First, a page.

First off, it has been said a few times here that you should waste the salesperson's time if you aren't ready to buy. Here's the problem I have with this: How can I know if I'm ready to buy something if I have no idea what it is going to cost me? This product cannot be bought off a shelf, and pricing information is not published; therefore, I have nothing to base my budget for this product on. The best I can do is compare it to a drywall installation, which (based on the feedback on this page) seems to be like comparing apples to Volkswagens.

Second, why is it mandatory that you do a 3-hour presentation for each client? When I have a contractor over to do siding, or pour concrete, or do wiring, etc., typically I show them what I want done, and they come back in a day or two with a price. This usually takes no more than an hour, and even that is a conservative estimate. I guess I don't understand why it is so offensive to salespeople that I just want to know how much something is going to cost me. Personally, I won't buy anything from someone who I feel is pressuring me. Now, you also say that you don't do "cold calls", but all your customers call you. How many of those potential customers know that they are signing up for a high-pressure 3-hour sales pitch, as opposed to getting a traditional quote for services rendered? That's the difference - contractors provide you with a service, and the materials become secondary. With the BFS, it is the "product" that is being pitched, with the installation service taking a backseat. Besides, there is no other way to get prices for this product, so we, the customer, have no alternative but to call you. In today's day & age, 3+ hours is a lot of time to demand from anybody. I would think it would be in a salesperson's best interest not to overstay their welcome, so that the customer doesn't feel resentment at the time being taken away from other things that require attention.

Third, why can't you give us one price up front, non-negotiable, that everyone pays? I find it insulting when I get an outlandish price that is significantly dropped when I balk. I get the feeling that the salesperson is trying to pull a fast one on me, and any element of trust that might have been established is immediately thrown out the window. It instantly puts me on the defensive, because it is obvious that the salesperson is not telling you the whole story. It sets off an alarm as to whether there are other things about the product that I'm not being told. I don't like to be made to feel like a sucker. I don't conduct business in that manner. I am not going to put money in the pocket of someone who cannot respect me as a customer. To me, using "tactics" and "techniques" to "close a deal" is manipulative and dishonest. It's a shame that something as unique and innovative as the BFS has to be sold in this manner. Briefly tell me about your product, briefly explain its benefits, and tell me how much it costs. That's it. If I want it, I'll buy it - if not, I'll pass. No fluff, no mixed signals, and minimal time wasted from both parties. If the salesperson could cut their pitch down to an hour or less, they could see a lot more potential clients each day.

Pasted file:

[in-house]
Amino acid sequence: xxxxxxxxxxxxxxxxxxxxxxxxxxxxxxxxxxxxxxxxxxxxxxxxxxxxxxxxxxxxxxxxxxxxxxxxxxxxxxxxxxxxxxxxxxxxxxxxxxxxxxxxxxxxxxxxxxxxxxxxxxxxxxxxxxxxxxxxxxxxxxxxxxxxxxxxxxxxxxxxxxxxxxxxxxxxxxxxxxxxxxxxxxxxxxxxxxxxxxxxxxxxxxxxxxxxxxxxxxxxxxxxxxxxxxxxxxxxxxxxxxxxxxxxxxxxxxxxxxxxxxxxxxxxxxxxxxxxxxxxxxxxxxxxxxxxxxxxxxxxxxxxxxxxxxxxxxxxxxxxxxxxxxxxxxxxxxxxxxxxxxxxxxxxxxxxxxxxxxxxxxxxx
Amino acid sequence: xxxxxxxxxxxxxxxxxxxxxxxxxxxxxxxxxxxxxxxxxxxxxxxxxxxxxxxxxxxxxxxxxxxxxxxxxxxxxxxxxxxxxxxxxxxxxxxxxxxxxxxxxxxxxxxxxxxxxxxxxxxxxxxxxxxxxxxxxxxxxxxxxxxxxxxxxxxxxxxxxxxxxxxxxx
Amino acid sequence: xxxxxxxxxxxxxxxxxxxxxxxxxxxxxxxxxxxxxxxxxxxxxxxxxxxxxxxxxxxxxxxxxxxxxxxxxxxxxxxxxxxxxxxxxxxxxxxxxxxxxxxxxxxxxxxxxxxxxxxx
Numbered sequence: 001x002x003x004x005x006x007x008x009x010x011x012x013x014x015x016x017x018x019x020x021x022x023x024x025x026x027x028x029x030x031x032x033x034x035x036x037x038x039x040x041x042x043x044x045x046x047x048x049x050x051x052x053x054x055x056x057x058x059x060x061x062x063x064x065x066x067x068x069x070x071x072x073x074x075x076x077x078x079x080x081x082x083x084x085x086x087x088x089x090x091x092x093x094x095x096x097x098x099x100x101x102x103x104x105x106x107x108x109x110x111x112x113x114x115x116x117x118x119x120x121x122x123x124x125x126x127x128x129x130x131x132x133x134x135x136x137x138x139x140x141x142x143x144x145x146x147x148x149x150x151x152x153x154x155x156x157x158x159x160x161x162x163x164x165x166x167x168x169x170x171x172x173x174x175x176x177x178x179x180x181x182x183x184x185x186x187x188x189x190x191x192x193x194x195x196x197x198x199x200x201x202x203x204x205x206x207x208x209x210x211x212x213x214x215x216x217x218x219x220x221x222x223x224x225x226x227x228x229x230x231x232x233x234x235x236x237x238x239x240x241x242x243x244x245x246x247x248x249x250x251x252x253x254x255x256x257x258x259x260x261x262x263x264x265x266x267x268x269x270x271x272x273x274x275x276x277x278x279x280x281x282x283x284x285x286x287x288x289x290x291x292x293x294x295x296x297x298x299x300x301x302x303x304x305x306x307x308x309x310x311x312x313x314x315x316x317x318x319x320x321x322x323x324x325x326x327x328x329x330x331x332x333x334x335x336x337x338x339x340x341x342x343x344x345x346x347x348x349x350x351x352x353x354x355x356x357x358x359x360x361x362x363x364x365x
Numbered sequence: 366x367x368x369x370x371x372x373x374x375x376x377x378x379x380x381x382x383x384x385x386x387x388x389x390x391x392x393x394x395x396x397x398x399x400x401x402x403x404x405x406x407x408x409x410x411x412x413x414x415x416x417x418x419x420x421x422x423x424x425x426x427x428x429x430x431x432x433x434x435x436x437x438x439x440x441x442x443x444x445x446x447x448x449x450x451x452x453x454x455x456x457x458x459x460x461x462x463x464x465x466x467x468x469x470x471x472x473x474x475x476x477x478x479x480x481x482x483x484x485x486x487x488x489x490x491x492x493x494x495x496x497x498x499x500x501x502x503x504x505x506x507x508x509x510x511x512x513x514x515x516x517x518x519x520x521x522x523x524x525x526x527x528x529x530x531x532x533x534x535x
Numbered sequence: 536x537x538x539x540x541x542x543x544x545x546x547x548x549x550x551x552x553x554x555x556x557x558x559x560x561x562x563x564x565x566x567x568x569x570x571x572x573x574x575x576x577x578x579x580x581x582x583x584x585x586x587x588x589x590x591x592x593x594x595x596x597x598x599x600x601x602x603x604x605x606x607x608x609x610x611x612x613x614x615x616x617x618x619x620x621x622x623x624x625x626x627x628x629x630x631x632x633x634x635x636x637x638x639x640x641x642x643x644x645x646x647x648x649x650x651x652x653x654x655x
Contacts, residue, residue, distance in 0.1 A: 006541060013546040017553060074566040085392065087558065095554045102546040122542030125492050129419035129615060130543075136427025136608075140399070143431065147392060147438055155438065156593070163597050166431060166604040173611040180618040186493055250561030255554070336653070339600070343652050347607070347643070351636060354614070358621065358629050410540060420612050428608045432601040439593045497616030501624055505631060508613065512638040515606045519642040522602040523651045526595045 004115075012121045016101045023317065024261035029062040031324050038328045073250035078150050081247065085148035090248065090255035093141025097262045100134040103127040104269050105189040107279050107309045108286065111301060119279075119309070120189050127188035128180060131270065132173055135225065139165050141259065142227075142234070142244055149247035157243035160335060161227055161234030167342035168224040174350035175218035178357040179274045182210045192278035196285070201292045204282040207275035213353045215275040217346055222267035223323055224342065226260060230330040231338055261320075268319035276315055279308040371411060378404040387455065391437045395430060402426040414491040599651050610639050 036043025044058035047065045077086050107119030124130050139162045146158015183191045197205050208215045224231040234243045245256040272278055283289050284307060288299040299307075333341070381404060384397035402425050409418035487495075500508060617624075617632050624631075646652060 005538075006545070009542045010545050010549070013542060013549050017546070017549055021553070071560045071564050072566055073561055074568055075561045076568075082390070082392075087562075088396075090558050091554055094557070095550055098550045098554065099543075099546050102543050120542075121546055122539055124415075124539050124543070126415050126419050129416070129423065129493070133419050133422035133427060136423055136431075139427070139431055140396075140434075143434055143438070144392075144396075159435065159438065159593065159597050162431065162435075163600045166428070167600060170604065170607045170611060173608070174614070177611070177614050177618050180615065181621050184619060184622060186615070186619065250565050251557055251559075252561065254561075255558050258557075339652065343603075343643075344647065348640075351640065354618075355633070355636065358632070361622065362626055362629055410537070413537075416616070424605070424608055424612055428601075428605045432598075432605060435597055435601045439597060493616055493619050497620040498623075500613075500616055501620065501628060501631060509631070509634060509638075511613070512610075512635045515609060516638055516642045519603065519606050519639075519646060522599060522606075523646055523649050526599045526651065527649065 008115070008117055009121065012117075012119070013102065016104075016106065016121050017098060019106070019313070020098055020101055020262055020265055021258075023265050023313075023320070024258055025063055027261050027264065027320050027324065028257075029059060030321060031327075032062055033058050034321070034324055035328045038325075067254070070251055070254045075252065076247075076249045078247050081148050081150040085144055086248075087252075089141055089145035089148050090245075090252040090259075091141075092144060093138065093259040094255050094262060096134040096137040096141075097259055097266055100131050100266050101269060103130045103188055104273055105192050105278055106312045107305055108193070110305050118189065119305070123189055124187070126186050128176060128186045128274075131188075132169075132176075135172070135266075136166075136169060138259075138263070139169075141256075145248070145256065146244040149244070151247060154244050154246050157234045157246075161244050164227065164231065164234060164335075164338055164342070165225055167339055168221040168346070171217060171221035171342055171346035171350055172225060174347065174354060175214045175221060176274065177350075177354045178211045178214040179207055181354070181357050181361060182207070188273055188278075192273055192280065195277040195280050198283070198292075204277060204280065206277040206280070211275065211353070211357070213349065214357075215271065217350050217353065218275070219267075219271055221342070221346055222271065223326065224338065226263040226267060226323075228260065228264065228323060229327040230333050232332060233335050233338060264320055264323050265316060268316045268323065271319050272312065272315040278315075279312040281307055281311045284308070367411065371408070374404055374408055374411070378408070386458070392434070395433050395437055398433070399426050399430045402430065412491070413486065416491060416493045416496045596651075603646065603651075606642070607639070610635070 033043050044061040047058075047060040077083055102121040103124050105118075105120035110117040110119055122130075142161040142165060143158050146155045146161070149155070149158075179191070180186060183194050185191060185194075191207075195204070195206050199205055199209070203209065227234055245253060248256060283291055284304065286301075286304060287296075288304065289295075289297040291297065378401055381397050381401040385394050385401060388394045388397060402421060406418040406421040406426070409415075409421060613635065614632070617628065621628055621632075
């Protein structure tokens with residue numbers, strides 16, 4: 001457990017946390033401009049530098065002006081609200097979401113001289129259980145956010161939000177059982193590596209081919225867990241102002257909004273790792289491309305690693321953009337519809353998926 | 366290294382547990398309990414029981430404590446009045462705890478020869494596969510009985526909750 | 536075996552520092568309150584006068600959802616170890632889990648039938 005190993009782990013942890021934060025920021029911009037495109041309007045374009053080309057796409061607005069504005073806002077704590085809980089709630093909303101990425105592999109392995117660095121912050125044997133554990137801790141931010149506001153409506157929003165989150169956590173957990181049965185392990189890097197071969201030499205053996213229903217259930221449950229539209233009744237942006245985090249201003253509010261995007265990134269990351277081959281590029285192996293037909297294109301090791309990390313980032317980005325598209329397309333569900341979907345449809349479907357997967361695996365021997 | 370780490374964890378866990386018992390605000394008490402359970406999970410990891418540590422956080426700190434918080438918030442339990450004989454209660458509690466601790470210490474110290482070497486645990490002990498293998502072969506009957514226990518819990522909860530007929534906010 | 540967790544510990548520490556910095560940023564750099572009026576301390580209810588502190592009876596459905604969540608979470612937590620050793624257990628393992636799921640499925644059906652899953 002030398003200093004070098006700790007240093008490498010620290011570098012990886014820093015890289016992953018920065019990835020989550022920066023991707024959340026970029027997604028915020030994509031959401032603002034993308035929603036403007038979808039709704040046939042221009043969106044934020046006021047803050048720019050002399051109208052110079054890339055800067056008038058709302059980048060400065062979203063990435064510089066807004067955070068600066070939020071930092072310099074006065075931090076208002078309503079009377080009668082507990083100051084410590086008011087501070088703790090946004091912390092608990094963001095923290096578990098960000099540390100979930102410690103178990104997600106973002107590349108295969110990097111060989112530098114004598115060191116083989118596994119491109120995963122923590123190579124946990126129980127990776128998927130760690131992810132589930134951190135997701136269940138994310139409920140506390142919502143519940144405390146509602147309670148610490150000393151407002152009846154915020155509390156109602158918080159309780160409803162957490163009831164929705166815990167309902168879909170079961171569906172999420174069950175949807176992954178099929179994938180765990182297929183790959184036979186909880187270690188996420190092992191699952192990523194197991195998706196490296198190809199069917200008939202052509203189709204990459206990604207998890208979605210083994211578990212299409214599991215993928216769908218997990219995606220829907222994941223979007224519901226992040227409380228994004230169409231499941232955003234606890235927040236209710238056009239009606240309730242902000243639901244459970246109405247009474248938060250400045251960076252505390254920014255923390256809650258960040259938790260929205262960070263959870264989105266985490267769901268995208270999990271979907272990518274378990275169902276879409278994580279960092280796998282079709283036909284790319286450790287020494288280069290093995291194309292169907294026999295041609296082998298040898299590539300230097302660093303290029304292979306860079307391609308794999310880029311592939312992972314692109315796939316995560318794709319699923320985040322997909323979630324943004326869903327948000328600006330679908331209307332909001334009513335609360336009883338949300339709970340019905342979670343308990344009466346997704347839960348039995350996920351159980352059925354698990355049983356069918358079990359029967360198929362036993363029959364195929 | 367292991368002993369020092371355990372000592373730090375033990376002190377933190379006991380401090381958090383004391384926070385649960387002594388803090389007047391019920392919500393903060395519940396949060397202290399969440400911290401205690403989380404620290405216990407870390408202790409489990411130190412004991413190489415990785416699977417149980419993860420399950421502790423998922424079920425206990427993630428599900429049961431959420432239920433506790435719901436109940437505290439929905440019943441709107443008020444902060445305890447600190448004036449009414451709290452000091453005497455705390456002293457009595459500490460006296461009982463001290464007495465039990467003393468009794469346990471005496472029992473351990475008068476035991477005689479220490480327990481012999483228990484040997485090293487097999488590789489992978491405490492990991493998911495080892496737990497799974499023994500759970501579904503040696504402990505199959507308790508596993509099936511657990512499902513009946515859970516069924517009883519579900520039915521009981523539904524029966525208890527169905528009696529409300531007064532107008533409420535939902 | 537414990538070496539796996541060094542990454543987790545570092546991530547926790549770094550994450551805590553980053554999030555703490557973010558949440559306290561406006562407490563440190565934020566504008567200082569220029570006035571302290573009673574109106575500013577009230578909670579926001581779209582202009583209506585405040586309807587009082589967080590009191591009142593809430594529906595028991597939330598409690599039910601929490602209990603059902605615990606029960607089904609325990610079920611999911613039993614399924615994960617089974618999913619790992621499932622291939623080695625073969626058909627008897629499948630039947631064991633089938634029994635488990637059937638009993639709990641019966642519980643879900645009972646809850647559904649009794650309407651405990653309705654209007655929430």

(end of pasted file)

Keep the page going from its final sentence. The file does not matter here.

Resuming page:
Hey, I know you guys & gals out there have to make a living. I know sales isn't always the easiest way to make a living. I know that the corporate office usually dictates what you are supposed to say and do when you see a customer. I just wish that the process could be a little less painful, for both sides. I, for one, would be a lot more likely to buy.
on Oct 06, 2004